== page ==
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Publication numberUS2199831 A
Publication typeGrant
Publication dateMay 7, 1940
Filing dateMar 23, 1936
Priority dateMar 23, 1936
Publication numberUS 2199831 A, US 2199831A, US-A-2199831, US2199831 A, US2199831A
InventorsCunning Thomas George
Original AssigneeBrogdex Co
Export CitationBiBTeX, EndNote, RefMan
External Links: USPTO, USPTO Assignment, Espacenet
Apparatus for rubbing or brushing fruit and the like
US 2199831 A
Abstract  available in
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Claims  available in
Description  (OCR text may contain errors)

y 1940! T. G. CUNNING 2.199.831

APPARATUS FOR RUBBING OR BRUSHING FRUIT AND THE LIKE Filed March 23, 1936 3 Sheets-Sheet 1 IQ Q 771017105 George CLIJCIZIL'JCQ y 7, 1940. T. a. CUNNING 2.199.831

APPARATUS FOR RUBBING 0R BRUSHING FRUIT AND Iii-IE LIKE Filed March 23; 1936 I 3 Sheets-Sheet 2 ir'i3. S1 1 7 II I; H lzonw Ge gl Cwmj/zg May 7, 1940. 2.199.831

APPARATUS FOR RUBBING 0R BRUSHING FRUIT AND THE 1mm- T. e. CUNNING 3 Sheets-Sheet 3 Filed March 23, 1936 gnocnfo o Cw van? Patented May 7, 1940 UNITED STATES APPARATUS FOR RUBBING on BRUSHING murr AND THE LIKE Thomas George Cunning, Upland, Calif., assignor to Brogdex Company ration of Florida Pomona, Calif.,'a corpo- Appllcation March 23, 1936, Serial No. 70,523

i 23 Claims.

This invention relates generally to apparatus for rubbing or brushing fruit and the like; and it has to deal particularly with apparatus in which fruit or other articles of generally globular shape may be subjected to frictional action while advancing through a supporting runway formed by members which extend transversely of the path of travel of the fruit through the machine and some of which are rotatable. The apparatus is it] particularly useful in connection with the commercial preparation for market of fresh fruit and vegetables, such as oranges, lemons, grapefruit, apples, potatoes, tomatoes and the like, all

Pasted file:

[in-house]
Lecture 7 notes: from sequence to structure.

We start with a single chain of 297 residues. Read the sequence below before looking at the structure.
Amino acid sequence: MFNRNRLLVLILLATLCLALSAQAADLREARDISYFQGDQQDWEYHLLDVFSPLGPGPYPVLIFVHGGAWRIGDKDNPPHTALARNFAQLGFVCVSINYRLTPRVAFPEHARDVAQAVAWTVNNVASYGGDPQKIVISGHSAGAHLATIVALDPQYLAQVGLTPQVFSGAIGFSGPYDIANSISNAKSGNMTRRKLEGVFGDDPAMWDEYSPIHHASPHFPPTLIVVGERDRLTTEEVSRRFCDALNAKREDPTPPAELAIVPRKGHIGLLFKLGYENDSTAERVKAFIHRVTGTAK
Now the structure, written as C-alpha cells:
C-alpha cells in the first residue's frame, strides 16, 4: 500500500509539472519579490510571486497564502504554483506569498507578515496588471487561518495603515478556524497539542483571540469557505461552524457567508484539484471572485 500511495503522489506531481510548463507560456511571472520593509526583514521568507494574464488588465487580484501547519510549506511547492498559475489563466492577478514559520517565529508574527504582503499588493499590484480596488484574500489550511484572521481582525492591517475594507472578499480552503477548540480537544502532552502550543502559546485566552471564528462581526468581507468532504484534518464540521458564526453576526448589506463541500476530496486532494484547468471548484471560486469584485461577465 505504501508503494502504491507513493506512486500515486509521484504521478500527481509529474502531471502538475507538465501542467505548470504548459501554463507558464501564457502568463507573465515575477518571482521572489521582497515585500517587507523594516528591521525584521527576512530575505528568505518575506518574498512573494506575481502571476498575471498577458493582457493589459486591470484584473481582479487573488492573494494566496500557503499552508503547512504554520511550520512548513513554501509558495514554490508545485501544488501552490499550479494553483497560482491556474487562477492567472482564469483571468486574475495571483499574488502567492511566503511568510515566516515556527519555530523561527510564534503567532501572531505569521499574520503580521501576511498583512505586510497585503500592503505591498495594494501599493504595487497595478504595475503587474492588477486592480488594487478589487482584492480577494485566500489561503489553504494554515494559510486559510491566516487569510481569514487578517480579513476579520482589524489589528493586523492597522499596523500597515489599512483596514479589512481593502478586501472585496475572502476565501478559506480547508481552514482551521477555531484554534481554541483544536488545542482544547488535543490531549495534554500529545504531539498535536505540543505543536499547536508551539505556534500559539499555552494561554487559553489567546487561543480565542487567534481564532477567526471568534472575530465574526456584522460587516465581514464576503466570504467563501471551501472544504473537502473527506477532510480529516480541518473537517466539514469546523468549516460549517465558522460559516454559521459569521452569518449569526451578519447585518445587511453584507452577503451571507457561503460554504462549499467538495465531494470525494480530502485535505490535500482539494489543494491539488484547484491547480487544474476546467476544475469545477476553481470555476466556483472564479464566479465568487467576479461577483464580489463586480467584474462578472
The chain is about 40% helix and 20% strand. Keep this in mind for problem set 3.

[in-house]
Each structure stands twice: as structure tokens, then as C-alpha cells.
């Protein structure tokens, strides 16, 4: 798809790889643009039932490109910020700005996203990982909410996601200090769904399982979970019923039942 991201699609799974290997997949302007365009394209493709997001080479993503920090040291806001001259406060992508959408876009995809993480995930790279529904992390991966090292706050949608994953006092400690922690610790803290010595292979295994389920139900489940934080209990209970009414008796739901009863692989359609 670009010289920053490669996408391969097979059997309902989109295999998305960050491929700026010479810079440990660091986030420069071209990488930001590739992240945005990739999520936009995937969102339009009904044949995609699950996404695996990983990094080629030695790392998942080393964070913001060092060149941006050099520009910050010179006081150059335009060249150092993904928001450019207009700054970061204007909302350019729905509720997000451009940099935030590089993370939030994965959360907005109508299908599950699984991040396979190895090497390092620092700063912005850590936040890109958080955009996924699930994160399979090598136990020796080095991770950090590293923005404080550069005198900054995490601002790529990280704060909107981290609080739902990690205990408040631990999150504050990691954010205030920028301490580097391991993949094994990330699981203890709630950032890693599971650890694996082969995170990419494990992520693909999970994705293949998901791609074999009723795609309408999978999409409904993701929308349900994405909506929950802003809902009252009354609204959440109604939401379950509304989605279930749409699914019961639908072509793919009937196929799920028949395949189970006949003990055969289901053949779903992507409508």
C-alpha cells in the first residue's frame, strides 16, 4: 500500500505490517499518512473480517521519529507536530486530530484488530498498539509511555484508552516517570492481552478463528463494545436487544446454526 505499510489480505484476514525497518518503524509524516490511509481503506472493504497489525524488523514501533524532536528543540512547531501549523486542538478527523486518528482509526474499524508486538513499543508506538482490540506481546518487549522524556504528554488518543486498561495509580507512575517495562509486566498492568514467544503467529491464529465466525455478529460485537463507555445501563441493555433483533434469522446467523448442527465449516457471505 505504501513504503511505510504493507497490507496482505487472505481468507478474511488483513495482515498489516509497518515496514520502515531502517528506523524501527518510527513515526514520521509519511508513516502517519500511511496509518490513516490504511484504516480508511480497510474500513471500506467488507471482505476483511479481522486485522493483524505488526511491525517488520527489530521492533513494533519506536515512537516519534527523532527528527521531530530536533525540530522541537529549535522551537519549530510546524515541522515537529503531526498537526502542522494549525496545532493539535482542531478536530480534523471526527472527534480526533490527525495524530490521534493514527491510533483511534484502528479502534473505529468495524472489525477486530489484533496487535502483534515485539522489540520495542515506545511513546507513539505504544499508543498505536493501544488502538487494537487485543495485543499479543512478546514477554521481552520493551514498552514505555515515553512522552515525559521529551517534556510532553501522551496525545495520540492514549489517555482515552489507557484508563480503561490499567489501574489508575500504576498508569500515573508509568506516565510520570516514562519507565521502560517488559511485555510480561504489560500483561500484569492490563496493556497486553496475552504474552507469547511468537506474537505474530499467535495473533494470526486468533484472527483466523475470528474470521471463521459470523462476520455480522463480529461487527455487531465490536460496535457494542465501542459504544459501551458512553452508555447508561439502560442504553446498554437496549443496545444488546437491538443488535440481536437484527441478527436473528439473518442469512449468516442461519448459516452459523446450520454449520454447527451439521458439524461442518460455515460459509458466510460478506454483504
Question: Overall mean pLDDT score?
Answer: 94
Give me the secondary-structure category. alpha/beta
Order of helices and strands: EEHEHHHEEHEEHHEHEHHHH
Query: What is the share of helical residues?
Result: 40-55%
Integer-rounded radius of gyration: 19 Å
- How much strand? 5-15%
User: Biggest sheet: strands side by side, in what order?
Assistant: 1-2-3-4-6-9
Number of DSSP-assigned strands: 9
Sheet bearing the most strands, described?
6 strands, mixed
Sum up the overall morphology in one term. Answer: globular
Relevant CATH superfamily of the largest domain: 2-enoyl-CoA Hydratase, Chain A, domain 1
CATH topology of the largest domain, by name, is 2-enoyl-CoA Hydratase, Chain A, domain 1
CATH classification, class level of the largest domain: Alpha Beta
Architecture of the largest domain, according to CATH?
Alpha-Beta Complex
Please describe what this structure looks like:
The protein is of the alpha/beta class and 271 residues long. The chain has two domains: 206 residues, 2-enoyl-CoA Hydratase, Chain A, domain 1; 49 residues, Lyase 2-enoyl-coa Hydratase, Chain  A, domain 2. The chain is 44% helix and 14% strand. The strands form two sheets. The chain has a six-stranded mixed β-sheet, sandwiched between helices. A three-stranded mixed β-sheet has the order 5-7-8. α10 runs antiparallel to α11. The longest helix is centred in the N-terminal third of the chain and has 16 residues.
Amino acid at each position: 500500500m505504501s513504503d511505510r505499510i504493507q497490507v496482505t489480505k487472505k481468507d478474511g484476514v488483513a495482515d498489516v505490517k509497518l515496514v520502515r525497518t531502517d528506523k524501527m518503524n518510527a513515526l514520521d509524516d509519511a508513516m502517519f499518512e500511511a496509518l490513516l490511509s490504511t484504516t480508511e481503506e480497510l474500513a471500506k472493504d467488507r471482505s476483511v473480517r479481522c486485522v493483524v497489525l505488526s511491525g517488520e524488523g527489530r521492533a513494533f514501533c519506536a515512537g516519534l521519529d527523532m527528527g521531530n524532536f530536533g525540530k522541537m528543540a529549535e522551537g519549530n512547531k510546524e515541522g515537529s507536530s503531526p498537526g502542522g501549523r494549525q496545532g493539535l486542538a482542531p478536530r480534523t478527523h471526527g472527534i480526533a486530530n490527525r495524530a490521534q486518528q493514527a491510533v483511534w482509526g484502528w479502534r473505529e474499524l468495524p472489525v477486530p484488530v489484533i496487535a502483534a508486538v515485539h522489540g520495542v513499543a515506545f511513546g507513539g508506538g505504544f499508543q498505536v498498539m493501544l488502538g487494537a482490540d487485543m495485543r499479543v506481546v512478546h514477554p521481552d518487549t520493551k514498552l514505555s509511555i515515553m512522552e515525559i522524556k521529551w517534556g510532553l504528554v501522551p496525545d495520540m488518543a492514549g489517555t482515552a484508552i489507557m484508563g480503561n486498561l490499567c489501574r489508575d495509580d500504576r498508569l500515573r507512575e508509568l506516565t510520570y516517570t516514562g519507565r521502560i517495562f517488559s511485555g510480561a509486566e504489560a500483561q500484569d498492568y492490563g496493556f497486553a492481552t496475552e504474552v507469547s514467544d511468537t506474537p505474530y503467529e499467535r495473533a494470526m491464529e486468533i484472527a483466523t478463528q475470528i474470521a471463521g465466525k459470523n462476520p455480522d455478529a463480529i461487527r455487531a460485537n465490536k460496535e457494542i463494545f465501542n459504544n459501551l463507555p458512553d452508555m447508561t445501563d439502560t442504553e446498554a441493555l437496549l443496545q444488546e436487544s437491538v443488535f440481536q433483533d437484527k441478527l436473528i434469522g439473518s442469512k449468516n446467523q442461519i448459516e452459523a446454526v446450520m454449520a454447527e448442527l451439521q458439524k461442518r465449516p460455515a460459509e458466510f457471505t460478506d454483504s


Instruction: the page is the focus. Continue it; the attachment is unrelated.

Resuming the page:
of which may, for convenience, be generically rel5 ferred to as fruit.

The preparation of fresh fruit for market usually involves one or more operations in which it is frictionally acted upon, i. e., rubbed or brushed, to an extent which depends upon the nature of the particular operation. Thus, such operations as washing or cleansing fruit to remove undesirable foreignmatter, and polishing it to smooth and finish the surface (with or without the application of a protective coating), commonly involve rubbing or brushing, as may also drying the fruit to remove surface moisture after washing. For effecting such operations, one type of machine heretofore used to some extent comprises parallel rotatable cylindrical members,

no usually brush rolls, which rub, scrub or brush the fruit as it passes over said members transversely ofv their axes of rotation. Machines of this type have not heretofore been wholly satisfactory, especially as regards control of the rate 37, and character of movement of the fruit over the brush rolls, and general efliciency and effectiveness of their brushing action.